What Are Episodic and Chronic Migraines?
The distinction between episodic migraines is based on how often you get migraines. Episodic migraines are defined as migraines that occur less than fifteen days out of every 30 days. Chronic migraines occur 15 days or more out of every 30 days. Note that this is headache days, not headache attacks, so if you have five migraine attacks lasting three days each, that is considered a chronic migraine. Chronic migraines are sometimes called “transformed migraines,” because many people with episodic migraines see them “transform” into chronic migraines.
How Opioids Increase Transition Risk
People taking opioids for episodic migraines are about twice as likely to transition to chronic migraines. We’re not entirely certain why — remember, we don’t fully understand migraines — but it seems that the mechanism is likely linked to opioid tolerance.
Researchers developed a model based on “hyperalgesic priming” to describe the transition to chronic migraines. Essentially, when your brain is exposed to opioids, it gets more sensitive to pain and inflammation. Minor stimuli that might in the past have been tolerated without creating the cascade effect which triggers migraines, now cause your brain to respond catastrophically and trigger migraines.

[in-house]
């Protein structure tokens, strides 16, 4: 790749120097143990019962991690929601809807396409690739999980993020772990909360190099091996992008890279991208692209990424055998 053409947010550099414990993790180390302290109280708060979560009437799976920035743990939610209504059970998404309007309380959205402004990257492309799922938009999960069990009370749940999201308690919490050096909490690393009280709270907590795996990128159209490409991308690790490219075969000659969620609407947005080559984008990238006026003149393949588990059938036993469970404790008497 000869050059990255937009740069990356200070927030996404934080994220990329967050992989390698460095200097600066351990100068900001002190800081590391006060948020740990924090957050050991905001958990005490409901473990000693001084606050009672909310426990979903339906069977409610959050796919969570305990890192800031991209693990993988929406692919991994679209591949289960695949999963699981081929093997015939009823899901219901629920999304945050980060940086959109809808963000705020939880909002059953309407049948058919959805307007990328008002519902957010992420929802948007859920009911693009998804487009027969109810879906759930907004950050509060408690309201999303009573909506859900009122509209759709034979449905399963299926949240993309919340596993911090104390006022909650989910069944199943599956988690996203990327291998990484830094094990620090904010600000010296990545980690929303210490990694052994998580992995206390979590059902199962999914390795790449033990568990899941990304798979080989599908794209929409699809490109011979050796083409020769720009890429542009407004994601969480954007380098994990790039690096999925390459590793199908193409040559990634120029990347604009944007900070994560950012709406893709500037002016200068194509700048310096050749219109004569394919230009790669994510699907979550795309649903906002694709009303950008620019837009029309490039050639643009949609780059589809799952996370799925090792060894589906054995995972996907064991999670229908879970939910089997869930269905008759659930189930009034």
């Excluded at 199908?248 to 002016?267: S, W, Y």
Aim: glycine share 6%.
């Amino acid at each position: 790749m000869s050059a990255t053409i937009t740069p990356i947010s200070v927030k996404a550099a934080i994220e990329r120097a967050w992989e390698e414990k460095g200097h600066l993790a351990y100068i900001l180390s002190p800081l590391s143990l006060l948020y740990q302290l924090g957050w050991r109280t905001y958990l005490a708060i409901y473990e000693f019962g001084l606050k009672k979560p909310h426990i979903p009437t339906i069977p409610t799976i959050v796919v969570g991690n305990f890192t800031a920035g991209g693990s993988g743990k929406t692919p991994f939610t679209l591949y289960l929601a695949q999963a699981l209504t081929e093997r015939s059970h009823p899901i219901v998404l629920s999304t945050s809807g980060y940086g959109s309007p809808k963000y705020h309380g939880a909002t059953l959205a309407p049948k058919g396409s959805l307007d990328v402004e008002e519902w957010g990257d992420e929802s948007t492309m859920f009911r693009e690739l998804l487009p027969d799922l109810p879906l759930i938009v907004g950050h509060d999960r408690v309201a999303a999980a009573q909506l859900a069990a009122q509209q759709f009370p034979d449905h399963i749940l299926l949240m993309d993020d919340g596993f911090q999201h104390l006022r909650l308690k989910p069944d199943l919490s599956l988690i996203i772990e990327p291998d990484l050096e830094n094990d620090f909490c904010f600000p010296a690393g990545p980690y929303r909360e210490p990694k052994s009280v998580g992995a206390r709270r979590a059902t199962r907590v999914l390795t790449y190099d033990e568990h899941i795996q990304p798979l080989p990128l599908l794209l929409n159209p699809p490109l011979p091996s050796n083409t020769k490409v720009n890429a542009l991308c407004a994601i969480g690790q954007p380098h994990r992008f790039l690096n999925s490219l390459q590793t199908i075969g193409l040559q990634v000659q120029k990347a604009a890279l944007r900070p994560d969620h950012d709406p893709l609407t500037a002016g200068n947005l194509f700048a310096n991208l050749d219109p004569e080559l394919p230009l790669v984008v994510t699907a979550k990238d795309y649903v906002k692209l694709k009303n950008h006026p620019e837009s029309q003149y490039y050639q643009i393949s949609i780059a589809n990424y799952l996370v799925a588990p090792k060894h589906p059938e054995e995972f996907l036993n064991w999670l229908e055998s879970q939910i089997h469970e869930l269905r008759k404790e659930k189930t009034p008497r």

Consider Drug-Free Migraine Treatment
The opioid-induced transition to chronic migraine reminds us that drugs come with risks, which are often unpredictable and in some cases can make your condition worse. Although there are migraine drugs that aren’t linked to transformed migraines, such as triptans, there are no migraine drugs without risks.
To learn whether TMJ treatment can help with your migraines in River Edge, NJ, please call 201-546-8512 for an appointment with a TMJ dentist at the River Edge Dental Center for TMJ, Sleep Apnea, & Reconstructive Dentistry.